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Total hip replacement: modes of failure 

Total hip replacement: modes of failure
Total hip replacement: modes of failure

Rob Pollock

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date: 20 September 2021

Total hip replacements (THRs) may fail in various ways. They may become infected, they may be subject to aseptic loosening, they may dislocate, or a periprosthetic fracture may occur. The patient with a failed THR must be thoroughly assessed before treatment is contemplated

Infection may be acute or chronic. Assessment involves clinical assessment, plain radiographs, blood tests (C-reactive protein and erythrocyte sedimentation rate), hip aspiration, and, sometimes, nuclear medicine. The acutely infected hip may be treated with one-stage revision. This involves thorough lavage, debridement, and exchange of all modular components as well as long-term antibiotic therapy. The gold standard of treatment for a chronically infected THR is a two-stage revision. Success rates of 80–90% can be expected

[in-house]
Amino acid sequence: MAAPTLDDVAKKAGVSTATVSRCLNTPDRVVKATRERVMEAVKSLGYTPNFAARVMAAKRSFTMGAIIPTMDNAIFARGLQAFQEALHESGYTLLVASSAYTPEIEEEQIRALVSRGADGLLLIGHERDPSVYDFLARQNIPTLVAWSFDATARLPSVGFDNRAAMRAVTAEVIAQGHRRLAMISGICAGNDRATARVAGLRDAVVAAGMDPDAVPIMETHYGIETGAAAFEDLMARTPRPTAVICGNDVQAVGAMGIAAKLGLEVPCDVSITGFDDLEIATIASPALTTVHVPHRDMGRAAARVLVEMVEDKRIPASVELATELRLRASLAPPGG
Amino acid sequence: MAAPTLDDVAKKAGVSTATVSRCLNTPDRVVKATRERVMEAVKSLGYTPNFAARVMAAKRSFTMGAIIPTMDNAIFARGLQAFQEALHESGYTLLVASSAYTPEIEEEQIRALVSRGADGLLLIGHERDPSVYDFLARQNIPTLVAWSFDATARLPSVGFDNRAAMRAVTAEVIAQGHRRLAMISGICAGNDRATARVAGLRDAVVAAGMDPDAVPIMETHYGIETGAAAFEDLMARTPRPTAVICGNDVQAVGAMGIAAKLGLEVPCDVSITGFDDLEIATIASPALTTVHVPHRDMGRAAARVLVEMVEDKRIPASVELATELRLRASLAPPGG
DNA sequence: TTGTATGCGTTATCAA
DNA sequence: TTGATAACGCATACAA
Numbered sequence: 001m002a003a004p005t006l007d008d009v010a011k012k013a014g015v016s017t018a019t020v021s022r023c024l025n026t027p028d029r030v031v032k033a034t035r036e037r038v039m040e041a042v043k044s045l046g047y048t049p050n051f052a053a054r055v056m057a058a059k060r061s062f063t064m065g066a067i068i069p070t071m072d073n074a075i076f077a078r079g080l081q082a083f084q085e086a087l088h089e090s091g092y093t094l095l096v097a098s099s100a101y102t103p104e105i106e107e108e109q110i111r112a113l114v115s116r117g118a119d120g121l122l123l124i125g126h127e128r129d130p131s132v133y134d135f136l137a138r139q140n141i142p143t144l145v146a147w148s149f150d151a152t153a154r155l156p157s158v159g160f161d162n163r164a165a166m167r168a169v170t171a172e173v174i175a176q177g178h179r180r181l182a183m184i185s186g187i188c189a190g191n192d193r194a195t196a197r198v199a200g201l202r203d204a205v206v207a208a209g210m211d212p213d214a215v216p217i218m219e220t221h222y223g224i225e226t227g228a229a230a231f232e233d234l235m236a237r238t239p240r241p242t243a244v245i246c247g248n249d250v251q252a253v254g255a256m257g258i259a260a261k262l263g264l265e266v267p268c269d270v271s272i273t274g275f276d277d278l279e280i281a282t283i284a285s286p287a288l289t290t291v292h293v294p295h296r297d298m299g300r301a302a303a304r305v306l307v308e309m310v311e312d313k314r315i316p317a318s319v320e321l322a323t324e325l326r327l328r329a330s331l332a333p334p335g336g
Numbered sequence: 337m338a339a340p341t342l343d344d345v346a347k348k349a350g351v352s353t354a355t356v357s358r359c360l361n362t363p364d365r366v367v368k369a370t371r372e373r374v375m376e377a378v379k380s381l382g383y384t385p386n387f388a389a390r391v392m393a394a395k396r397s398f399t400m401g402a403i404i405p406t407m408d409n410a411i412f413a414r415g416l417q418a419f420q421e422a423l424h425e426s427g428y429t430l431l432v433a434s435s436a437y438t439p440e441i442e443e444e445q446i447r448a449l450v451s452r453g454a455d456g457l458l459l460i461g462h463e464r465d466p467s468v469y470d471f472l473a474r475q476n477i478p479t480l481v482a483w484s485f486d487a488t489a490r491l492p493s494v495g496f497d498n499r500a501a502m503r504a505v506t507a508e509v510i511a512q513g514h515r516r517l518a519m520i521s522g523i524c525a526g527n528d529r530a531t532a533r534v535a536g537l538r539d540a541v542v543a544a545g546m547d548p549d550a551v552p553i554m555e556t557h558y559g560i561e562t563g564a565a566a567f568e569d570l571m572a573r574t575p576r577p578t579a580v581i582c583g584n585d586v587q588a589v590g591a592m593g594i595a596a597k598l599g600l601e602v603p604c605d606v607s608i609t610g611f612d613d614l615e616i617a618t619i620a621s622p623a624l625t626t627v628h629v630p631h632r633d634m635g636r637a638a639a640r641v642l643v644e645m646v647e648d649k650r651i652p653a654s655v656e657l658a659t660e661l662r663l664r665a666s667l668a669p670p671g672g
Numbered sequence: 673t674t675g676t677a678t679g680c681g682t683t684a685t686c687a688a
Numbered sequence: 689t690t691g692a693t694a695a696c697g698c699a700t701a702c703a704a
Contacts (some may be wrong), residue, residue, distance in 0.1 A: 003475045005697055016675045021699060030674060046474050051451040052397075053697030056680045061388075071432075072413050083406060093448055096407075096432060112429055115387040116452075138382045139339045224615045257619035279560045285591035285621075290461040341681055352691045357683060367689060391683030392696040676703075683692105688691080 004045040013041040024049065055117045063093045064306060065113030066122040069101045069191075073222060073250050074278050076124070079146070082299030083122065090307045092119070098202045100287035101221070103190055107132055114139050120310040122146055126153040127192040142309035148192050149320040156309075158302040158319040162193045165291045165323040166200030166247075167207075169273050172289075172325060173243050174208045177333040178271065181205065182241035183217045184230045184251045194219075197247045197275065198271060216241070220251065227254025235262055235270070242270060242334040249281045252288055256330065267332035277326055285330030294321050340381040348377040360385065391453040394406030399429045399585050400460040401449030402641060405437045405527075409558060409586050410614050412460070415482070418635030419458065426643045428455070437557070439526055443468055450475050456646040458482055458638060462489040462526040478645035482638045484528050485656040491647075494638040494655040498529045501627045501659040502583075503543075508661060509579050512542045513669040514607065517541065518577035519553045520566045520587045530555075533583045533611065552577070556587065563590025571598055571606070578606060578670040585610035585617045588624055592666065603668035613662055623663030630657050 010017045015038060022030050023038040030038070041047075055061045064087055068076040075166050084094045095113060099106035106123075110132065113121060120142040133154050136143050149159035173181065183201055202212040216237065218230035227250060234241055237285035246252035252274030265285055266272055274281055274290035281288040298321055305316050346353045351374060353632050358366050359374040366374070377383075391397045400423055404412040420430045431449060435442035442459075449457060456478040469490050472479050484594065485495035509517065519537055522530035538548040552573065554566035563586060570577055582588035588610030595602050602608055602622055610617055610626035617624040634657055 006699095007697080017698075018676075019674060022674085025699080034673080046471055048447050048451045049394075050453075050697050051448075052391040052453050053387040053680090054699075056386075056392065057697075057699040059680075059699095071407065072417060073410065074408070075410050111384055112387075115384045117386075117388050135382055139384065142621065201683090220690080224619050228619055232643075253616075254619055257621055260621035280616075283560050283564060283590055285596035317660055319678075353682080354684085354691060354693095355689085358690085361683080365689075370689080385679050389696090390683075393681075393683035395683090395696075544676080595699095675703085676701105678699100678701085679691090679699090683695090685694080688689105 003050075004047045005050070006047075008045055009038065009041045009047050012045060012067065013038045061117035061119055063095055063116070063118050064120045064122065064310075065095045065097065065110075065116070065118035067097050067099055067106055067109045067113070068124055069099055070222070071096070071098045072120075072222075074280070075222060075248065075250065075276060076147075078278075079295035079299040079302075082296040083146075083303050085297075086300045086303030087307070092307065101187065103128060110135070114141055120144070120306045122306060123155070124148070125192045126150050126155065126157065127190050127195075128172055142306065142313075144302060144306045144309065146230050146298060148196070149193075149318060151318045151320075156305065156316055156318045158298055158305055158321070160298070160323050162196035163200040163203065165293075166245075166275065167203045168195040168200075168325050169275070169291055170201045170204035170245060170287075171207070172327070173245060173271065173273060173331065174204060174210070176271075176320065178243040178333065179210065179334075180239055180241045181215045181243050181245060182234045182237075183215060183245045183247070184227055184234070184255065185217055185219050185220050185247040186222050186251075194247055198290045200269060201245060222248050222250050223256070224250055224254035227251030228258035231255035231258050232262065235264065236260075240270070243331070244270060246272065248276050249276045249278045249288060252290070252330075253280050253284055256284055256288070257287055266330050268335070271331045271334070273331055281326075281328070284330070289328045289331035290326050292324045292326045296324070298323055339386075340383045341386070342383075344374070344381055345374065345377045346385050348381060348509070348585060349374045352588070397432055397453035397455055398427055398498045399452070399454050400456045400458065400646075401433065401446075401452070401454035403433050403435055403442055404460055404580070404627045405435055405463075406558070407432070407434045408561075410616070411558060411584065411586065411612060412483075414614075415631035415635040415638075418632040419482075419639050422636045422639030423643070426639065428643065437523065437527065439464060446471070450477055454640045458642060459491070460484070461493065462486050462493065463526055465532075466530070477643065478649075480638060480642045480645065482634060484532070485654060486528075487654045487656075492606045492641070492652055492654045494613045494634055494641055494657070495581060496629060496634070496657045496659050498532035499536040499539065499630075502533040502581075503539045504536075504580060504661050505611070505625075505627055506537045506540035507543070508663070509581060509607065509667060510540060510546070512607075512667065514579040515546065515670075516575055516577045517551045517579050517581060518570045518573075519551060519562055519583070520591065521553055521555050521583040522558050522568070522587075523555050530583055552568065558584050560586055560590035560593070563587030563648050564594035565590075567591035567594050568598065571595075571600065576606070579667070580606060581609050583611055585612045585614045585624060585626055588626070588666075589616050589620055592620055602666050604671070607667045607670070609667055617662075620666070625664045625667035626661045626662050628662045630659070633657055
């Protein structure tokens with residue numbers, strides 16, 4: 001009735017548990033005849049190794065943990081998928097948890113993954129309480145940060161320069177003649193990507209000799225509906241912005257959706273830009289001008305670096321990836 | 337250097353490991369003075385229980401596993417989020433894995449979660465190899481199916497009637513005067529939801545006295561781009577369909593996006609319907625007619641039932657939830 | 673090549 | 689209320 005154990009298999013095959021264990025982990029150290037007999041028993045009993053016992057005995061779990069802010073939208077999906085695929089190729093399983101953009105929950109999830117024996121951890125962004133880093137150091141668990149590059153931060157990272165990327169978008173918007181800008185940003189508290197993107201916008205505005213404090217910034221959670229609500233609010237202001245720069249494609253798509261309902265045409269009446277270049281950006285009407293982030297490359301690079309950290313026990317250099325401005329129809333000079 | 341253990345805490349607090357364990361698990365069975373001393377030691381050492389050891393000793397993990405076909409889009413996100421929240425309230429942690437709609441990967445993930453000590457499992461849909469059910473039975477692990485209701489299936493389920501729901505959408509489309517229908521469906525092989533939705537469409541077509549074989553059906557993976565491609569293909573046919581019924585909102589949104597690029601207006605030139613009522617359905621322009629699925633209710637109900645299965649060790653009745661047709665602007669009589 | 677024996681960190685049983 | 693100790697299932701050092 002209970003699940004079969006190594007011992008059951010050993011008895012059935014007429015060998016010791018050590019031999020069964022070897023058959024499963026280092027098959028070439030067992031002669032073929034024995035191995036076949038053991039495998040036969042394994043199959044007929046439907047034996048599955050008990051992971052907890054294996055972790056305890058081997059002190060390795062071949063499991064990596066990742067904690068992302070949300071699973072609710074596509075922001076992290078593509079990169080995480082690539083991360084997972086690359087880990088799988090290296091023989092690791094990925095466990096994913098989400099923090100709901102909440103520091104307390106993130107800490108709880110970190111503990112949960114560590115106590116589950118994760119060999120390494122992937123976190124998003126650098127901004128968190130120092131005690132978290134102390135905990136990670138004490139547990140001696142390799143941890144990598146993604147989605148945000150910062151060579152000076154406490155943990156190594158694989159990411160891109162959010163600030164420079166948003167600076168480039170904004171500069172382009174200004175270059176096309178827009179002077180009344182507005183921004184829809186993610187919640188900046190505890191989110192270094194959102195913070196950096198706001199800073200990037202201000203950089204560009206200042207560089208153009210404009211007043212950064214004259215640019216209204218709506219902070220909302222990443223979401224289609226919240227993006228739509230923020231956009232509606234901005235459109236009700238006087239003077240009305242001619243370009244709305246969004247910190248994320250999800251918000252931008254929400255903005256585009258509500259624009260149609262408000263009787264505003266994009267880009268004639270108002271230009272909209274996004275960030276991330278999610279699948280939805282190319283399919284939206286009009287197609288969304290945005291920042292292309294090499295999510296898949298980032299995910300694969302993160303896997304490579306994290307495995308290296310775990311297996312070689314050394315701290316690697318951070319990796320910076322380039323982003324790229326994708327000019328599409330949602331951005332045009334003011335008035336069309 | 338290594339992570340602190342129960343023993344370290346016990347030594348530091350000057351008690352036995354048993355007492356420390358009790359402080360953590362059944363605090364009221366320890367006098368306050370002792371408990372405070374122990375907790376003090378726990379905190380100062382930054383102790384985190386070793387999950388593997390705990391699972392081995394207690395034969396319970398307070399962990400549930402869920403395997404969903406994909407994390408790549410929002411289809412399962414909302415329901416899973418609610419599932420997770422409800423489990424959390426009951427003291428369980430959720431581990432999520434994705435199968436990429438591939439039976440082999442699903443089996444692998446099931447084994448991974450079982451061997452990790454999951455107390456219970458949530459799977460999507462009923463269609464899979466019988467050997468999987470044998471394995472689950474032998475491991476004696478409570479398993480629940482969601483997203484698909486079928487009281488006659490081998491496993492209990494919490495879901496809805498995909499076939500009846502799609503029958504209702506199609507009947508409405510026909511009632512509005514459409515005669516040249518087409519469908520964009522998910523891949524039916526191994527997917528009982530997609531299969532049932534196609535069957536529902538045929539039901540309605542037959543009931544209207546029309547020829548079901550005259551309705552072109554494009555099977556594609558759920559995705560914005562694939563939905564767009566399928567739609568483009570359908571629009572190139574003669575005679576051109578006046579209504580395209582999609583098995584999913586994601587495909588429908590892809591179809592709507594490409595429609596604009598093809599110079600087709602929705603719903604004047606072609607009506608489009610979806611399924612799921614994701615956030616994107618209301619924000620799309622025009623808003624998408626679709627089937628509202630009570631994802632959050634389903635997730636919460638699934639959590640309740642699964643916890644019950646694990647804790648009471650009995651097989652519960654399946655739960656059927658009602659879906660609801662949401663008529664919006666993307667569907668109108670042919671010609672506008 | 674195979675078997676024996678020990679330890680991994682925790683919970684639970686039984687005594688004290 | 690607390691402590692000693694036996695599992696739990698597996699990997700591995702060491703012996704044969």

Aseptic loosening typically occurs at the cement bone interface in hips where a metal-on-polyethylene bearing couple has been used. Bone resorption takes place as a result of an inflammatory response to small wear particles. After infection has been excluded the treatment of choice is a single-stage revision

Dislocation may be the result of patient factors, implant factors, or poor surgical technique. It is imperative for the clinician to minimize the risk by selecting patients carefully, using the correct combination of implants and performing surgery accurately

The management of periprosthetic fractures depends on how well the implants are fixed and quality of bone stock. Treatment ranges from simple fixation of the fracture through to revision augmented with strut allograft.

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